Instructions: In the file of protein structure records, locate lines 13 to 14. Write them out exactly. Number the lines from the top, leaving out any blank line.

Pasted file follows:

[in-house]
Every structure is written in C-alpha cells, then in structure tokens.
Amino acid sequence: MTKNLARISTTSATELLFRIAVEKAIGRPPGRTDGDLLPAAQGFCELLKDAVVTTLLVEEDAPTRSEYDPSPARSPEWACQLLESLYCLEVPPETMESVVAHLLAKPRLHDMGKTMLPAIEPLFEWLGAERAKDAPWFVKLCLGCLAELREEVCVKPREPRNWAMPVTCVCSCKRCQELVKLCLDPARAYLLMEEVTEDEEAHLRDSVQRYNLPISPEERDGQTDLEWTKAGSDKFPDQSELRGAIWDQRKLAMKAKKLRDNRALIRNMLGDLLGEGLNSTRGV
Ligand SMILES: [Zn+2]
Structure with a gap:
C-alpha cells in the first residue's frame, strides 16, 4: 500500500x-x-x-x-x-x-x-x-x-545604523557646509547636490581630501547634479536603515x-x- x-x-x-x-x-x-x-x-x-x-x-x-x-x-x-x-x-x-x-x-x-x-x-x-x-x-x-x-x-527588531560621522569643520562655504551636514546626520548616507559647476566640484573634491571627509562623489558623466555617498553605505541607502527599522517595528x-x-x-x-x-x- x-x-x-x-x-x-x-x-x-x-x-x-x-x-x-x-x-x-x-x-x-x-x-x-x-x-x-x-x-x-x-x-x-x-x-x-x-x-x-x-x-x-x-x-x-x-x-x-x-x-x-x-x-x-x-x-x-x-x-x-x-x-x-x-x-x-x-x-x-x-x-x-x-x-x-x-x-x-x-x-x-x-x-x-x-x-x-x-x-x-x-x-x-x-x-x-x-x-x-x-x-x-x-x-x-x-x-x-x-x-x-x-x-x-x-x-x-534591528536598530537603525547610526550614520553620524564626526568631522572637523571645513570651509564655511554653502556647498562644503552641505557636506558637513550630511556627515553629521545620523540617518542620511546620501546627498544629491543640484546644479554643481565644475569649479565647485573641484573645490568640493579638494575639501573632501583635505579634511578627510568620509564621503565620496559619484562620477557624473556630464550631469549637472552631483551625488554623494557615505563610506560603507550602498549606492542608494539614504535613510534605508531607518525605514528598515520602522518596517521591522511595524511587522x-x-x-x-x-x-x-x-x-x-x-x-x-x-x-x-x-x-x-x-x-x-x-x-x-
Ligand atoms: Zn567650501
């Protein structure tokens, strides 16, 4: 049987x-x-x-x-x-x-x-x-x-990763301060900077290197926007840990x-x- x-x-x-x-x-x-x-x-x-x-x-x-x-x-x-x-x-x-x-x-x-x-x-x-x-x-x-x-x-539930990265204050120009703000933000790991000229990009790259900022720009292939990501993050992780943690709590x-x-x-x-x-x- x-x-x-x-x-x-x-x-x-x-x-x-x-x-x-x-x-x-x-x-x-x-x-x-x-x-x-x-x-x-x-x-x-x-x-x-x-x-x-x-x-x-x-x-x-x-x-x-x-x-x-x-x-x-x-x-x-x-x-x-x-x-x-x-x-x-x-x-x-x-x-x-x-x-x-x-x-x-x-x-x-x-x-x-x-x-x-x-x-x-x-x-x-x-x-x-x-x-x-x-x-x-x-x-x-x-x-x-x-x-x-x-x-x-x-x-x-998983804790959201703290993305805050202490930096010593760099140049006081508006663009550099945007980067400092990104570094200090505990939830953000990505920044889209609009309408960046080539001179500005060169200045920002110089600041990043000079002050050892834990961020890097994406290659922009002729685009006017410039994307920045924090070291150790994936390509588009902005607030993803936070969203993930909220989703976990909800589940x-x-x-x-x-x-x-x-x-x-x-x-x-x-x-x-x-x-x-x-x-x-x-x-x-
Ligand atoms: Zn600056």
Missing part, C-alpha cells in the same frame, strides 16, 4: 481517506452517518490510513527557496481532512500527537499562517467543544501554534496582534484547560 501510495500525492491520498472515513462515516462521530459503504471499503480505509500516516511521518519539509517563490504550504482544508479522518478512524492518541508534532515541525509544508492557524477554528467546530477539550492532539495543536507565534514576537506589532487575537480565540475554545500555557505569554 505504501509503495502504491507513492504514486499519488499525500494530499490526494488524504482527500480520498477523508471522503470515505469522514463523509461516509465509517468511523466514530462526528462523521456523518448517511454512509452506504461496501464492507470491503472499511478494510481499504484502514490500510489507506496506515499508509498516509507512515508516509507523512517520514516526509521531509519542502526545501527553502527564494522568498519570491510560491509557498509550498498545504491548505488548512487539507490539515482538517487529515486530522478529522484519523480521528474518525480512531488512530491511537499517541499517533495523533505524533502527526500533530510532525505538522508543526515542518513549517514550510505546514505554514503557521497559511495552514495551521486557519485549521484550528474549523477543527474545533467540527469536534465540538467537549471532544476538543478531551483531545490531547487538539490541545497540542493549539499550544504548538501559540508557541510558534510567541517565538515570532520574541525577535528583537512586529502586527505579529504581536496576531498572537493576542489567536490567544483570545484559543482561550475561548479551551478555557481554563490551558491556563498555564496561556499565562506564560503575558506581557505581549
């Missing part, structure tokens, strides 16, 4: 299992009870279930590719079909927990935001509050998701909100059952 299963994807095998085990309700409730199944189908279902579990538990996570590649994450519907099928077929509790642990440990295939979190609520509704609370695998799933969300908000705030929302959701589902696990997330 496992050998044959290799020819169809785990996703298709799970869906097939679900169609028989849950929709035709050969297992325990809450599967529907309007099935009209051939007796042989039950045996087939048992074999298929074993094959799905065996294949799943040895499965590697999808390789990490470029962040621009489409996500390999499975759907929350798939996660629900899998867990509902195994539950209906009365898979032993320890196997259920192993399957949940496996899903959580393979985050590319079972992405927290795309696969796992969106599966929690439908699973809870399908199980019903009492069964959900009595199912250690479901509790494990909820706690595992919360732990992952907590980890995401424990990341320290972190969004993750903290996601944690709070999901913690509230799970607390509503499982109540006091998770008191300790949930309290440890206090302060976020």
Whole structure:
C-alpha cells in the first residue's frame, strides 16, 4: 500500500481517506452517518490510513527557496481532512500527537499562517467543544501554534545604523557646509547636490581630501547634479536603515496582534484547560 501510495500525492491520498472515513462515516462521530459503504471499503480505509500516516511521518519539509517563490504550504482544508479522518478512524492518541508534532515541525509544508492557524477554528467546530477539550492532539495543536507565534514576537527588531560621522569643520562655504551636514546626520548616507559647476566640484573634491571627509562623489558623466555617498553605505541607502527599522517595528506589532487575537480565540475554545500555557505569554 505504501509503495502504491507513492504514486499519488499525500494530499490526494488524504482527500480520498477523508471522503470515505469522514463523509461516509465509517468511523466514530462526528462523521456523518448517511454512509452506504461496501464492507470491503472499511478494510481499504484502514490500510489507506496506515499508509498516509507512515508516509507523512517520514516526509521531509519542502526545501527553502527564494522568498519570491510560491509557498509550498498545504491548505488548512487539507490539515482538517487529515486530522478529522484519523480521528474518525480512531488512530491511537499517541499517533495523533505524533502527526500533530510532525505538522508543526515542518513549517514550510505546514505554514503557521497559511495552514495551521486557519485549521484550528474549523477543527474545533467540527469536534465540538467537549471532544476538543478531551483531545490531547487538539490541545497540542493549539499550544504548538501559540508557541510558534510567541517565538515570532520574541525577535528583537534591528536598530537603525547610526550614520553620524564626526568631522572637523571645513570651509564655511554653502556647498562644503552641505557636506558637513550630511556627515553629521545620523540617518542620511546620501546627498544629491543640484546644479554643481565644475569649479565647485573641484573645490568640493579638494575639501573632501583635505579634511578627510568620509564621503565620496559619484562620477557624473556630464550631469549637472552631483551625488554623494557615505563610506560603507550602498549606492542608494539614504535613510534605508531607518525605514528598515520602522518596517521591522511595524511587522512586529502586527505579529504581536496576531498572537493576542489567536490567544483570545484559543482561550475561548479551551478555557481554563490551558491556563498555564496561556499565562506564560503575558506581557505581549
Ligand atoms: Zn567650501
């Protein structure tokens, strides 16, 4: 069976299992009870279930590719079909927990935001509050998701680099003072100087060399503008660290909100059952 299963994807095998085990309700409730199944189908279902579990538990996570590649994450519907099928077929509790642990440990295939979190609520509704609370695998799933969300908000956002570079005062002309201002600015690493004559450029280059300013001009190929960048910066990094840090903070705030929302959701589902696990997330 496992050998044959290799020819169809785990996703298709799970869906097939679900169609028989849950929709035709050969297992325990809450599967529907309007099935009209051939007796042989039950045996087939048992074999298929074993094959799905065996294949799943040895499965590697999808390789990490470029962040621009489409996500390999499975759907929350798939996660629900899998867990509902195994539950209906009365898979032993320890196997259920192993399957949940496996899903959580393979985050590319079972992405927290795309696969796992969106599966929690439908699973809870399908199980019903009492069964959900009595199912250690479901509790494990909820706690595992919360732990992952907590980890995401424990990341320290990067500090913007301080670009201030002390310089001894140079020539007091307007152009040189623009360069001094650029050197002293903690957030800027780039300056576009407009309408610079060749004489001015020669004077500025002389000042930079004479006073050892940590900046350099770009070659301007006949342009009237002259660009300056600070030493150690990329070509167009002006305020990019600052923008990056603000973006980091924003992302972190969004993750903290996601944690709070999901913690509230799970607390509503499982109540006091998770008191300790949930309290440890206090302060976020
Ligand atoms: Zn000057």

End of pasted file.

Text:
C-alpha cells in the first residue's frame, strides 16, 4: 500500500481517506452517518490510513527557496481532512500527537499562517467543544501554534545604523557646509547636490581630501547634479536603515496582534484547560 501510495500525492491520498472515513462515516462521530459503504471499503480505509500516516511521518519539509517563490504550504482544508479522518478512524492518541508534532515541525509544508492557524477554528467546530477539550492532539495543536507565534514576537527588531560621522569643520562655504551636514546626520548616507559647476566640484573634491571627509562623489558623466555617498553605505541607502527599522517595528506589532487575537480565540475554545500555557505569554 505504501509503495502504491507513492504514486499519488499525500494530499490526494488524504482527500480520498477523508471522503470515505469522514463523509461516509465509517468511523466514530462526528462523521456523518448517511454512509452506504461496501464492507470491503472499511478494510481499504484502514490500510489507506496506515499508509498516509507512515508516509507523512517520514516526509521531509519542502526545501527553502527564494522568498519570491510560491509557498509550498498545504491548505488548512487539507490539515482538517487529515486530522478529522484519523480521528474518525480512531488512530491511537499517541499517533495523533505524533502527526500533530510532525505538522508543526515542518513549517514550510505546514505554514503557521497559511495552514495551521486557519485549521484550528474549523477543527474545533467540527469536534465540538467537549471532544476538543478531551483531545490531547487538539490541545497540542493549539499550544504548538501559540508557541510558534510567541517565538515570532520574541525577535528583537534591528536598530537603525547610526550614520553620524564626526568631522572637523571645513570651509564655511554653502556647498562644503552641505557636506558637513550630511556627515553629521545620523540617518542620511546620501546627498544629491543640484546644479554643481565644475569649479565647485573641484573645490568640493579638494575639501573632501583635505579634511578627510568620509564621503565620496559619484562620477557624473556630464550631469549637472552631483551625488554623494557615505563610506560603507550602498549606492542608494539614504535613510534605508531607518525605514528598515520602522518596517521591522511595524511587522512586529502586527505579529504581536496576531498572537493576542489567536490567544483570545484559543482561550475561548479551551478555557481554563490551558491556563498555564496561556499565562506564560503575558506581557505581549
Ligand atoms: Zn567650501